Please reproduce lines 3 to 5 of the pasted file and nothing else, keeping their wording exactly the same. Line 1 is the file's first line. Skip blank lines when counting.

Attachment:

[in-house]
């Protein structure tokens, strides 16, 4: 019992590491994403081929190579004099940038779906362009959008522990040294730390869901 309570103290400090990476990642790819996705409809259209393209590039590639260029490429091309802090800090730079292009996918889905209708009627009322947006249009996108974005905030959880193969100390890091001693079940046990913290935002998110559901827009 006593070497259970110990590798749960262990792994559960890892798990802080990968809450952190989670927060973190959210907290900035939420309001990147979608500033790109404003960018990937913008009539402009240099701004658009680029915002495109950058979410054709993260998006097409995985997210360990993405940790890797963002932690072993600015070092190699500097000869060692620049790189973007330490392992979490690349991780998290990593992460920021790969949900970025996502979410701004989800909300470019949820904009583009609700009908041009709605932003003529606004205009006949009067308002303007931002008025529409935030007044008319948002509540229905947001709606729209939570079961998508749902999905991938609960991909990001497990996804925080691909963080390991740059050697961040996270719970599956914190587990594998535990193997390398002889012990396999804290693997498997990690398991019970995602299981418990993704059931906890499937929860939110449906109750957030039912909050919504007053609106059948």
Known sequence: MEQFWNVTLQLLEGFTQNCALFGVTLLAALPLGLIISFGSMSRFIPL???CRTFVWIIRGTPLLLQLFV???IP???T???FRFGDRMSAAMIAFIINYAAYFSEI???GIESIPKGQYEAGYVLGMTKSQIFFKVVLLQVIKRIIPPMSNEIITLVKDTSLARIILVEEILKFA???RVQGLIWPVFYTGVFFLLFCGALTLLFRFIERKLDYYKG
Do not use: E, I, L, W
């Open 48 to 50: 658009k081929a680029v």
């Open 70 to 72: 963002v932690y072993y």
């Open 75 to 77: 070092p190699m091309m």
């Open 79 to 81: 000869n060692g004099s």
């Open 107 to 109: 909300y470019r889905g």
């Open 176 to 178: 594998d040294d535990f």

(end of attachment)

Known sequence: MEQFWNVTLQLLEGFTQNCALFGVTLLAALPLGLIISFGSMSRFIPL???CRTFVWIIRGTPLLLQLFV???IP???T???FRFGDRMSAAMIAFIINYAAYFSEI???GIESIPKGQYEAGYVLGMTKSQIFFKVVLLQVIKRIIPPMSNEIITLVKDTSLARIILVEEILKFA???RVQGLIWPVFYTGVFFLLFCGALTLLFRFIERKLDYYKG
Do not use: E, I, L, W
């Open 48 to 50: 658009k081929a680029v």